The most serious driving-related offense in Minnesota is criminal vehicular homicide (called vehicular manslaughter in other states). Under Minnesota Statutes §609.2112, criminal vehicular homicide is causing the death of a person or unborn child through:
- gross negligence while operating a vehicle, OR
- ordinary negligence while operating a vehicle, combined with a DUI violation or a hit-and-run.
If you have been charged with vehicular homicide in MN, contact a criminal vehicular homicide attorney to ensure that your rights are protected.
Is Vehicular Manslaughter a Felony in Minnesota?
Yes, vehicular homicide is a felony in MN. These are the potential penalties for a conviction of this crime:
- Prison sentence of up to 10 years*
- Fines of up to $20,000
- Driver’s license suspension of up to 10 years.
* If the defendant also has a “qualified prior driving offense” in the past 10 years, the maximum imprisonment sentence increases to 15 years. Qualified prior driving offenses include:
- First- or second-degree DWI
- Vehicular homicide involving alcohol or drugs
- Vehicular injury involving alcohol or drugs.
Is Vehicular Homicide the Same as Criminal Vehicular Operation in MN?
Vehicular homicide or vehicular manslaughter is different from criminal vehicular operation in terms of levels of harm. Generally, vehicular manslaughter results in the death of a person while criminal vehicular operation (CVO) involves bodily harm but no death.
The potential penalties for criminal vehicular operation in Minnesota depend on the level of harm involved:
- Bodily harm — This offense is a gross misdemeanor punishable with up to 1 year in prison and $3,000 in fines.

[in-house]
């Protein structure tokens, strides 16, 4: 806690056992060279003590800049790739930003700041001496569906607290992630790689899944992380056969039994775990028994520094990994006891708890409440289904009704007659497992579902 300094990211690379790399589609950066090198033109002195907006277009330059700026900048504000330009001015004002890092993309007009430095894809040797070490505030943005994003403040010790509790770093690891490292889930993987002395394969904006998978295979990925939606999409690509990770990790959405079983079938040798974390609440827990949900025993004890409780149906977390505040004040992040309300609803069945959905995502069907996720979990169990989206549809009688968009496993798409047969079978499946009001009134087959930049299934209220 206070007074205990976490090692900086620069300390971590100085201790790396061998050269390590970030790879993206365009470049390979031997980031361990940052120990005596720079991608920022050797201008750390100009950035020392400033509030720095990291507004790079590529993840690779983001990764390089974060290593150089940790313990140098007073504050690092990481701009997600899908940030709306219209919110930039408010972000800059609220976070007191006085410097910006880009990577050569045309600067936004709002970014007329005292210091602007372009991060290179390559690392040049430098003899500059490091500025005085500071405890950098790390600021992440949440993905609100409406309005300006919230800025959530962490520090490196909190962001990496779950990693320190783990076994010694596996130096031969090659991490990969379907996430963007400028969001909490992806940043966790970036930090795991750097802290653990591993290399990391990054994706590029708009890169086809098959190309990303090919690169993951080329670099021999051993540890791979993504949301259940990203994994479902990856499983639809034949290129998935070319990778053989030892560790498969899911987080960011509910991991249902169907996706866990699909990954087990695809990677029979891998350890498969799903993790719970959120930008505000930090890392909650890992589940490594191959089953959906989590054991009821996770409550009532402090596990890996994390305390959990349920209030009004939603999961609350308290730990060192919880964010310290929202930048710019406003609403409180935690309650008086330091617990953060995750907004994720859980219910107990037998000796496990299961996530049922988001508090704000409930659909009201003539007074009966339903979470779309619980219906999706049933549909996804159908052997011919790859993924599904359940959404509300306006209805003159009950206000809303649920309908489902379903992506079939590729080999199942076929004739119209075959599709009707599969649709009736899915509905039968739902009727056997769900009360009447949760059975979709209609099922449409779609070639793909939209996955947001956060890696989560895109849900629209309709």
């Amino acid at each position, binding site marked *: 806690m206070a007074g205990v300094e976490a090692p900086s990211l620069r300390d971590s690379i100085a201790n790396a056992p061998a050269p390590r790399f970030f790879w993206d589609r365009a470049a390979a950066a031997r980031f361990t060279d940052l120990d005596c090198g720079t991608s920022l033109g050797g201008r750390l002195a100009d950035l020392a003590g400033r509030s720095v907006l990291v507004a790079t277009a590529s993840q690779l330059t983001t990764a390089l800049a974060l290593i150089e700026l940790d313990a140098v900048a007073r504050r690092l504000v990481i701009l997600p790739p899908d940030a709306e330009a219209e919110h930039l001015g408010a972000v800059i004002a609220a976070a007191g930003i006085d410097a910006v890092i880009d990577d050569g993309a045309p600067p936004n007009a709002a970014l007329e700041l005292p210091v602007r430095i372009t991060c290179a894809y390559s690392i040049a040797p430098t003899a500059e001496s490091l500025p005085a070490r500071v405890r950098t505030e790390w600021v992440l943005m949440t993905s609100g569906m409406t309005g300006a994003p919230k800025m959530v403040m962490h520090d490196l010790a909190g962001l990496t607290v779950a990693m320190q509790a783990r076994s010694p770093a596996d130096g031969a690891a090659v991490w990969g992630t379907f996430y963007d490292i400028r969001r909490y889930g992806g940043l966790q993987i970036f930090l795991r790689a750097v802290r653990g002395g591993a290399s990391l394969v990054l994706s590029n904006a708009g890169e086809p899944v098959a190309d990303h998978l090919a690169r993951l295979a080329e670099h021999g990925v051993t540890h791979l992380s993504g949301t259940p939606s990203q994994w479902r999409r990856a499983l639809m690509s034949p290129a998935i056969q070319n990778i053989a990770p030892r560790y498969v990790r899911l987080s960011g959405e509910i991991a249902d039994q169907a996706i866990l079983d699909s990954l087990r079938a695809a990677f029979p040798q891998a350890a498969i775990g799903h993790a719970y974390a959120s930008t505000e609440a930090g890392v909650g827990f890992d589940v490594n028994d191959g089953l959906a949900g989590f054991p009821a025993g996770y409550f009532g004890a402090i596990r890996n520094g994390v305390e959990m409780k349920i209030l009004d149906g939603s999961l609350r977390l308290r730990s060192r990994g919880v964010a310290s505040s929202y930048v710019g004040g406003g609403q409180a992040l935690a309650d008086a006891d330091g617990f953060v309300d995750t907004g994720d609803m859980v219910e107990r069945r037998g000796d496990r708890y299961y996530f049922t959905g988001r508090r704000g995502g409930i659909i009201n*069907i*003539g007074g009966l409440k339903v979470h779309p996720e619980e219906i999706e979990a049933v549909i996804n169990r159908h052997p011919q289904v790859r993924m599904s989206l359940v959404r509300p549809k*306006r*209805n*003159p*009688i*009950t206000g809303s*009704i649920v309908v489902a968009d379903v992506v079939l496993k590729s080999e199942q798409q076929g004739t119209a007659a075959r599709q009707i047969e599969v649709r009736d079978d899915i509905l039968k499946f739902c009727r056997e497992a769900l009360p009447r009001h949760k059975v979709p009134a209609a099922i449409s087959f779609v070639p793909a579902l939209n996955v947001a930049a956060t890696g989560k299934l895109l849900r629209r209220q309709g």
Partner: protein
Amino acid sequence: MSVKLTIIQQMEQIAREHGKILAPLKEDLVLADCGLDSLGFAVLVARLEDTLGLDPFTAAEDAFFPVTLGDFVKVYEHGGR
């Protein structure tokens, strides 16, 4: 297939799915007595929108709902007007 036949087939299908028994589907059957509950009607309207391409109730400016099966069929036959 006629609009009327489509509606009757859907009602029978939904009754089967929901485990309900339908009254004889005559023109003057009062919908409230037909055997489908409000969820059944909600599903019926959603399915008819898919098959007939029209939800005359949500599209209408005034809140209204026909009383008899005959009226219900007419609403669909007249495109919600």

- Substantial bodily harm — This is a felony punishable with up to 3 years in prison and $10,000 in fines.
- Great bodily harm — This is a felony punishable with up to 5 years in prison and $10,000 in fines.
What are Ordinary Negligence and Gross Negligence in MN?
The broad definition of negligence is the failure to take reasonable care in order to avoid causing harm to another person. In driving offenses, there are two types of negligence:
This is simple carelessness that causes harm to others. Examples are:
- Distracted driving
- Failing to yield to another vehicle while attempting to turn
- Failing to fully brake at a stop sign.
More than simple carelessness, this is recklessness or extreme disregard for the safety of others. The prosecution will need to establish that the defendant knew of the danger of his/her action but acted it out anyway. Examples are:
- Driving while intoxicated
- Speeding through a school zone
- Street racing
- Driving while knowing that the vehicle is defective.
Defenses for Criminal Vehicular Homicide in MN
If you are at risk of a vehicular homicide conviction, get an experienced defense attorney to protect you. Your lawyer should be able to determine the best defensive strategy for your case. These are some common defenses against a vehicular manslaughter charge:
- Challenging the causation — Prosecutors have to prove that your actions directly caused the death of the victim. It may be possible to break the “chain of causation” by showing that other “intervening causes” or “superseding causes” occurred. For example, the victim may have stepped out in front of the vehicle without warning, or a slippery road turned a minor fender-bender into a deadly accident.
- Challenging the tests — If your criminal charge is based on the accusation that you were driving while intoxicated, it may be possible to invalidate the toxicology tests such as breath, urine, or blood tests. From contaminated samples to faulty equipment to inexperienced handling, there are many ways these procedures could go wrong, producing inaccurate results. If you and your attorney can successfully prove this, it could lead to a case dismissal.
- Accident without negligent act — Negligence, as discussed above, is an element of vehicular homicide. If you can prove that you did not act negligently while driving, the charges could be dismissed.
Contact Criminal Defense Attorney Jeff Dean
Attorney Jeff Dean is a trusted and highly experienced defense lawyer who has protected the rights and freedoms of many Minnesotans. In his 26+ years of legal service, he has obtained dismissals, Not Guilty verdicts, and overturned convictions for his clients. He also helps his clients regain their driving privileges shortly after they are charged with a vehicular crime.
If you are facing a vehicular homicide charge, contact Jeff Dean today at (612) 305-4360.